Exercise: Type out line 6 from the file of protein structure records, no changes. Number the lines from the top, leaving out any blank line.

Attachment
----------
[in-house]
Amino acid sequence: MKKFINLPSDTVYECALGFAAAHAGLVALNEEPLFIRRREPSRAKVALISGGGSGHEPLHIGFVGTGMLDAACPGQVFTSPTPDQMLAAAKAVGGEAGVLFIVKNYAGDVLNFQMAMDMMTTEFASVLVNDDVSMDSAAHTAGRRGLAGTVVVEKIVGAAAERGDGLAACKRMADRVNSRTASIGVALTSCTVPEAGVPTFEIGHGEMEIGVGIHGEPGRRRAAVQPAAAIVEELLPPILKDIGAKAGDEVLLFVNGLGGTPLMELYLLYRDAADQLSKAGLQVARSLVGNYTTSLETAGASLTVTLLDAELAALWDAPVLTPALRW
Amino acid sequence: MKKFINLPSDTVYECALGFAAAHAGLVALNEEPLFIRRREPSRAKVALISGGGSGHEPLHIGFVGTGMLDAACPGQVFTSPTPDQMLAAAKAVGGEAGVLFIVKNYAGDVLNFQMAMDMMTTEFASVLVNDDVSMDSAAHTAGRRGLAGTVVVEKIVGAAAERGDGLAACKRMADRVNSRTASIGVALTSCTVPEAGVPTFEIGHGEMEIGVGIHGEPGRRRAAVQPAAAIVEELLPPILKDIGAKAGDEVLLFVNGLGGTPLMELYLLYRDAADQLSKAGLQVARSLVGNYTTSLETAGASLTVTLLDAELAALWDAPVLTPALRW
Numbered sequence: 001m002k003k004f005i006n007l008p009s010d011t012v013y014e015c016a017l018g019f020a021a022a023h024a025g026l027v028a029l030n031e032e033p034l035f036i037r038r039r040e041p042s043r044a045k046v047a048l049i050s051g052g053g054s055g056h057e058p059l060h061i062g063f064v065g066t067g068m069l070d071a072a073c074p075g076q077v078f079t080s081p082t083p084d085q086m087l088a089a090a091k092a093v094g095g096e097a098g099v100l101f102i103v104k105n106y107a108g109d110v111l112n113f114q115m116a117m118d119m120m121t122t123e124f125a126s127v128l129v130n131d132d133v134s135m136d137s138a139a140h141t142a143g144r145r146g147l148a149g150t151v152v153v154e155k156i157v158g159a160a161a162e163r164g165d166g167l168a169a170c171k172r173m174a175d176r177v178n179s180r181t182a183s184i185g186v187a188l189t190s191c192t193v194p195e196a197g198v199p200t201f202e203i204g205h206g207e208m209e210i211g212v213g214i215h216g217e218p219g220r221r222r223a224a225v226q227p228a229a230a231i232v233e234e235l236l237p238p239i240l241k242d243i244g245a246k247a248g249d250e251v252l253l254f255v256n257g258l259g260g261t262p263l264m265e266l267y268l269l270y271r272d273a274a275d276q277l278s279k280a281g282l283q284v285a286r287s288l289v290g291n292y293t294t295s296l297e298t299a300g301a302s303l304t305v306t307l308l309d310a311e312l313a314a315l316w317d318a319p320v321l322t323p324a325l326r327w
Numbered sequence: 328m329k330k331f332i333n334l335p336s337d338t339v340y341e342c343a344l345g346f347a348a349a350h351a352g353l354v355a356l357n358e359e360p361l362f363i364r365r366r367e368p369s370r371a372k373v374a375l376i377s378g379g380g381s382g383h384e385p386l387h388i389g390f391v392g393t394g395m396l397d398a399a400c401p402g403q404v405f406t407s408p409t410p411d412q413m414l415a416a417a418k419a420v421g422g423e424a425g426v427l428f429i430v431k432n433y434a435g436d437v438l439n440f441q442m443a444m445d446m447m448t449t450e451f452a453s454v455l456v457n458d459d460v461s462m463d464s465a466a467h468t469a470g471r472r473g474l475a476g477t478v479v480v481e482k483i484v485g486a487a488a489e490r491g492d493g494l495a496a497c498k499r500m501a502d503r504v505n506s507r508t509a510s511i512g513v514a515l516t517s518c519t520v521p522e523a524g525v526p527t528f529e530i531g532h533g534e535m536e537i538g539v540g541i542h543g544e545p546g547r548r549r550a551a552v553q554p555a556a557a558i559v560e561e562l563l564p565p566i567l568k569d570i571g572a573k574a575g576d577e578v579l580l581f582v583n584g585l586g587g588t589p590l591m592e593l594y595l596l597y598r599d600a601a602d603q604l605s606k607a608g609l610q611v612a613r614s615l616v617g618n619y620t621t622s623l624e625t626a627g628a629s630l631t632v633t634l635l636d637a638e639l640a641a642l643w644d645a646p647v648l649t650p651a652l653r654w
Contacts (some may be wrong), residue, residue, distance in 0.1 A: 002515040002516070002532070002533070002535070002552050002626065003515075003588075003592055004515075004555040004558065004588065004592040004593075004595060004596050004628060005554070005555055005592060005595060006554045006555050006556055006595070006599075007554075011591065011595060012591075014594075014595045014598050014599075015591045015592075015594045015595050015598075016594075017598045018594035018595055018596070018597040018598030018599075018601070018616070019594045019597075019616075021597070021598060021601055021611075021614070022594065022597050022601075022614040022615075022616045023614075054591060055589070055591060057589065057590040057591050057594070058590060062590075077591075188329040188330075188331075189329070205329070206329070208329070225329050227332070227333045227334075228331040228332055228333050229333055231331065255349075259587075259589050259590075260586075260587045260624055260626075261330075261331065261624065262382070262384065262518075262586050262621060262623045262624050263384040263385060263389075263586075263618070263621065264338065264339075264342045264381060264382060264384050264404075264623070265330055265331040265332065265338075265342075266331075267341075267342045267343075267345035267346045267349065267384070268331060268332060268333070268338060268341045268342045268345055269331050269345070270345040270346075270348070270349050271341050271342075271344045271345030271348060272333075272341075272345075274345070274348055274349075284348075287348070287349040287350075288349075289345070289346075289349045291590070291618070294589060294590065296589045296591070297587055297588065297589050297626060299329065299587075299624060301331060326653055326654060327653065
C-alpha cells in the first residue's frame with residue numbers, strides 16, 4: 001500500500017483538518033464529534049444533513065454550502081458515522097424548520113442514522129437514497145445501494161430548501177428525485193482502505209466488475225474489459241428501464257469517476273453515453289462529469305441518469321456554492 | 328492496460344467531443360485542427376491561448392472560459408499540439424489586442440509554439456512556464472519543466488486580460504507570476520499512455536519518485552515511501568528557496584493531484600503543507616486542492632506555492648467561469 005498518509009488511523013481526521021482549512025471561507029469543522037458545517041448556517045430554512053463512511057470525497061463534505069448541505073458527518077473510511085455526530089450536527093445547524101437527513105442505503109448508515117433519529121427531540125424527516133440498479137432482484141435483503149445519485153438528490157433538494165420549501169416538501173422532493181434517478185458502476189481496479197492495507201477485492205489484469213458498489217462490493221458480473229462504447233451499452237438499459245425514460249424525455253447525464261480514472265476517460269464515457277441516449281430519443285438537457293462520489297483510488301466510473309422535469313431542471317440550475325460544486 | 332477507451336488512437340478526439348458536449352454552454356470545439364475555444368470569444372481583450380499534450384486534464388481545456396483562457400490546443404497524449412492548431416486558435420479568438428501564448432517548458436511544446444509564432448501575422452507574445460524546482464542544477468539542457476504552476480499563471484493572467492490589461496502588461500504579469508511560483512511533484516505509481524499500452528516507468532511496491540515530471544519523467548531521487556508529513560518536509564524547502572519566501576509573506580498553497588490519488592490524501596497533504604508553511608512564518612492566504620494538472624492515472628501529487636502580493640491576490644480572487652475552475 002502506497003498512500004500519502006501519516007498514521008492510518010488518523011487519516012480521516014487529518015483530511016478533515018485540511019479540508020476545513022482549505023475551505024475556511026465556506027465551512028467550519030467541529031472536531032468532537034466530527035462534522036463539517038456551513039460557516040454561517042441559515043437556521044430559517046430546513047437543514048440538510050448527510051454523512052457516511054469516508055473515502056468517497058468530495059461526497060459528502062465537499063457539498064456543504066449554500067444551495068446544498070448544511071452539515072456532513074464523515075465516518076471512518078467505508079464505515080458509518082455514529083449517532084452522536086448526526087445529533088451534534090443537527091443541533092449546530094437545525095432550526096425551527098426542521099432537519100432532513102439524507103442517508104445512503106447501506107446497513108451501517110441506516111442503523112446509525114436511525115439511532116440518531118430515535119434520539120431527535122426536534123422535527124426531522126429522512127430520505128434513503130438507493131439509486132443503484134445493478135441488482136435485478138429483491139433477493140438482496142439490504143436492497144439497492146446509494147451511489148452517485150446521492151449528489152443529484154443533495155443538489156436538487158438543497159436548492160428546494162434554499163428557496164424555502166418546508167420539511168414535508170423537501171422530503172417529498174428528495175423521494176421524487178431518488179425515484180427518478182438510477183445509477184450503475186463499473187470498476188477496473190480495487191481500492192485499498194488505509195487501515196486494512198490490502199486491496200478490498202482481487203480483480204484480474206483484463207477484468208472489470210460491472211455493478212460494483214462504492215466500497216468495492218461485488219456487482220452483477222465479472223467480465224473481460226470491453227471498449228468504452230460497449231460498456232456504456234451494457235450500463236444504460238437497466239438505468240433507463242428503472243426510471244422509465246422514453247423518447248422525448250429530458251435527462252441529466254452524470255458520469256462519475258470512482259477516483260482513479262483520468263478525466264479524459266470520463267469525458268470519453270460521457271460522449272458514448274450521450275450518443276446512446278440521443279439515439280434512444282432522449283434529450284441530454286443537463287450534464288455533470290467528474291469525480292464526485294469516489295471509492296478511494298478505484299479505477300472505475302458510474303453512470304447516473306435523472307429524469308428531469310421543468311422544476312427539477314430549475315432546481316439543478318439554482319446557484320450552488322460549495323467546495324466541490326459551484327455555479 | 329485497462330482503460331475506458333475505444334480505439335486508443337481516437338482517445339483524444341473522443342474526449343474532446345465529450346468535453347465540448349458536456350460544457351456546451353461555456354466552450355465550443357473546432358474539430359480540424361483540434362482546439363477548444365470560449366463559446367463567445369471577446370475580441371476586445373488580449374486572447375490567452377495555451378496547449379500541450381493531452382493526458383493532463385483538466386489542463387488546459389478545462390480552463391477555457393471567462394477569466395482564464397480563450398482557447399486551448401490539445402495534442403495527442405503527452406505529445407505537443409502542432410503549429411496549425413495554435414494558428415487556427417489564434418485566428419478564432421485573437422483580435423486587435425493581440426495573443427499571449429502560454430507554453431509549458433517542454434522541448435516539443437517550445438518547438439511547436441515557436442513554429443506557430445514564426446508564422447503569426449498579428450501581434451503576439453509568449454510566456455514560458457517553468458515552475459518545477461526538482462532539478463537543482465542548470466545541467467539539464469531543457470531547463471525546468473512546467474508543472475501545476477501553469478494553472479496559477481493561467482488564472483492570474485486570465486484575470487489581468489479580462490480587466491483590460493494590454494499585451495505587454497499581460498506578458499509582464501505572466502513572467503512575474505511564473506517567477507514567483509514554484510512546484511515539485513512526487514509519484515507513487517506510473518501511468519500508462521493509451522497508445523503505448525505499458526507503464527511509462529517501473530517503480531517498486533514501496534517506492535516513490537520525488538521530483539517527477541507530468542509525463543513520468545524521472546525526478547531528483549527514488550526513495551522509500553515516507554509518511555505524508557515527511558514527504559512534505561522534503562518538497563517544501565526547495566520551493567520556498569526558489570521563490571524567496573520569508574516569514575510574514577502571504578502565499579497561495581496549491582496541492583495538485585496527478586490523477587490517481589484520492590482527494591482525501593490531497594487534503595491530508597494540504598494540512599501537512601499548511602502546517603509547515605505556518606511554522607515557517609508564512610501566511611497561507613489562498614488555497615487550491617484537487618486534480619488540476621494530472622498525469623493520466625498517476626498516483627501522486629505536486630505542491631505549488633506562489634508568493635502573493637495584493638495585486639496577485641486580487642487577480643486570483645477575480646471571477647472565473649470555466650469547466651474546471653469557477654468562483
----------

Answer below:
Contacts (some may be wrong), residue, residue, distance in 0.1 A: 002515040002516070002532070002533070002535070002552050002626065003515075003588075003592055004515075004555040004558065004588065004592040004593075004595060004596050004628060005554070005555055005592060005595060006554045006555050006556055006595070006599075007554075011591065011595060012591075014594075014595045014598050014599075015591045015592075015594045015595050015598075016594075017598045018594035018595055018596070018597040018598030018599075018601070018616070019594045019597075019616075021597070021598060021601055021611075021614070022594065022597050022601075022614040022615075022616045023614075054591060055589070055591060057589065057590040057591050057594070058590060062590075077591075188329040188330075188331075189329070205329070206329070208329070225329050227332070227333045227334075228331040228332055228333050229333055231331065255349075259587075259589050259590075260586075260587045260624055260626075261330075261331065261624065262382070262384065262518075262586050262621060262623045262624050263384040263385060263389075263586075263618070263621065264338065264339075264342045264381060264382060264384050264404075264623070265330055265331040265332065265338075265342075266331075267341075267342045267343075267345035267346045267349065267384070268331060268332060268333070268338060268341045268342045268345055269331050269345070270345040270346075270348070270349050271341050271342075271344045271345030271348060272333075272341075272345075274345070274348055274349075284348075287348070287349040287350075288349075289345070289346075289349045291590070291618070294589060294590065296589045296591070297587055297588065297589050297626060299329065299587075299624060301331060326653055326654060327653065